Infrastructure is the foundation of food security

Without functioning ports, economies can be crippled — as the British may soon learn to their sorrow

Almost everything we grow in Canada is exported in some form and this relies on rail, trucks, air transport but more importantly, transport by sea through warm water ports.
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Grain farmers have experienced it: The worry about grain car accessibility and the multiplying losses when grain cannot be shipped or sits at port.

Cattlemen know the importance of an open border. Almost everything we grow in Canada is exported in some form and this relies on rail, trucks, air transport but more importantly, transport by sea through warm water ports.

Getting product on a rail car or in a refrigerated van is one thing, getting it on the ship is quite another.

As I’m surrounded by the Salish Sea and live on the Juan de Fuca Strait, I can see the cargo traffic that lines up from the Pacific Ocean, sometimes mooring for a day or two before heading into the Port of Vancouver. The route is to Victoria, past the Saanich Peninsula, up the Strait of Georgia, through the Second Narrows and into the terminal. The Port of Vancouver handles more than 50 per cent of all cargo traffic in Canada. The continuous access to a warm water port makes this narrow shipping lane and deep water port the nexus in the economics of our national trade. Around 90 per cent of global trade is by sea.

On the farm we may not realize the importance of this liquid prairie and its multitude of roles.

The ocean is the world’s largest source of protein and through phytoplankton she produces 70 per cent of the Earth’s oxygen, which complements the grasslands and forests. The sea is our lungs and her harbours are pivotal points in our infrastructure to move agricultural product.

Enabling policy through a regulatory framework that functions is always desired. Trading partners need to do just that — trade. Without functioning ports, economies can be crippled.

This has been exemplified in the Brexit upheaval.

Of all the headlines that catch my attention, none does more so than the loose ends regarding port access for the trading partners of the U.K. The shipping industry is tightly regulated. Unlike a roadway, you just don’t jump on your boat or ship and sail. There has to be a registered plan and that information is forwarded to port of entry.

Consider the Eurotunnel that is a truck route on a rail carrier that lies under the sea across the Strait of Dover from England to France. There are 50 crossings per day carrying 60,000 passengers and C$200 billion of goods annually which account for 20 per cent of the perishable food in the U.K. and 26 per cent of the trade between central Europe and the U.K.

Imagine the chaos of inspecting those trucks by holding them on English soil or diverting them for inspection — and the cost to the product and the buyer. Customs and seaport experts are not projecting delays in terms of minutes or hours, but in days and weeks. This can put product at risk in terms of its identity (fresh or chilled as an age limit), quality, and salability. There is currently no corresponding direction in place to fit into the proposed Brexit movement of goods over the sea, below it, or by any other transportation means.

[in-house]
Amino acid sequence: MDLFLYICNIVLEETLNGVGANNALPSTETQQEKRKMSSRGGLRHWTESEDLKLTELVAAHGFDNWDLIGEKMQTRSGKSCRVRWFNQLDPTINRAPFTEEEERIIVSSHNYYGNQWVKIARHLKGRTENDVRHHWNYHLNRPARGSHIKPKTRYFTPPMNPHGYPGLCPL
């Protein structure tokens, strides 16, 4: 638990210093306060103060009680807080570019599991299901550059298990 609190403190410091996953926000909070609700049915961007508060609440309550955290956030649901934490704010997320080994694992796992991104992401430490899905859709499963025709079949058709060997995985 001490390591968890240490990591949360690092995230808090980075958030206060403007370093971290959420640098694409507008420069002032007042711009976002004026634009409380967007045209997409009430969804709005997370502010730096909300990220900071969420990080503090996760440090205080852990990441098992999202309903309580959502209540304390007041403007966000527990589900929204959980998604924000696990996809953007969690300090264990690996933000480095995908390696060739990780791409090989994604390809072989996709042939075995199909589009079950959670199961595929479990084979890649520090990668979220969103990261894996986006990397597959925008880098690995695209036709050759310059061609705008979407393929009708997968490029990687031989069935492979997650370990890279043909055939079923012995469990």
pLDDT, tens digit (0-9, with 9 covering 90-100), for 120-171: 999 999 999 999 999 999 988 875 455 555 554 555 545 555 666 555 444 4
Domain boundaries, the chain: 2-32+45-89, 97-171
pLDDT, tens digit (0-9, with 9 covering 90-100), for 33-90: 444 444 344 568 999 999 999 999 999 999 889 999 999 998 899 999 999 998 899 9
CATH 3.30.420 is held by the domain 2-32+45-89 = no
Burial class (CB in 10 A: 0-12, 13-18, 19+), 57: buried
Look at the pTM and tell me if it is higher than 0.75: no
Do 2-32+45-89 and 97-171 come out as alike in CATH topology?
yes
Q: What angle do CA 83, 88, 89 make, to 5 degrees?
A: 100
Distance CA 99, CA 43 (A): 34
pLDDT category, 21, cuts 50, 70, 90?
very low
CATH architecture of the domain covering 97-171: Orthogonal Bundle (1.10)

It is this area of uncertainty that has food suppliers worried, especially about fresh products such as meat and other fresh protein, fresh fruits and veggies; animal feed; and any animal product. You can bet someone will call it a non-tariff barrier and other countries will not be willing to foot the bill for improvements on a project they never voted for.

Is the fact that grocers are stocking up in U.K. warehouses an overreaction? Not really.

The industrialization of food purchasing through large grocers is relatively new in the past 40 years. But these have been critical years as the art of growing food and being able to sustain oneself has been generationally lost.

Today’s consumer literally waits for their ship to come in.

In my studies through my Nuffield Scholarship and again with my MA in Global Leadership; I’ve examined how infrastructure, and specifically food arteries through ports, are critical areas that need improvement, greater capacity, protection, and technological advancement. These structural pathways are the lifeline to food access and to food security. On the Prairies and in the cities, it is food that requires functional and accessible rail cars, trucks, pipelines (why not), airports, and most importantly, seaports.

The U.K. imports 60 per cent of its food requirements and Canada is its third most important trading partner. Canadians are highly dependent on export trade to the U.K. sending large quantities of metals, machinery, and minerals. A backlog at any one of the receiving ports would have a monetary effect here at home.

Regional politics such as Brexit and the underappreciation of broken or non-functioning infrastructure has put the plate at peril — and there is no greater social injustice than jeopardizing food access.

The economic strength of a country is supported by food production, processing, and delivery infrastructure that works and a complementary robust middle class. A threat to either becomes a costly injustice to all.

About the author

AF Columnist

Brenda Schoepp

Brenda Schoepp works as an international mentor and motivational speaker. She can be contacted through her website at All rights reserved.



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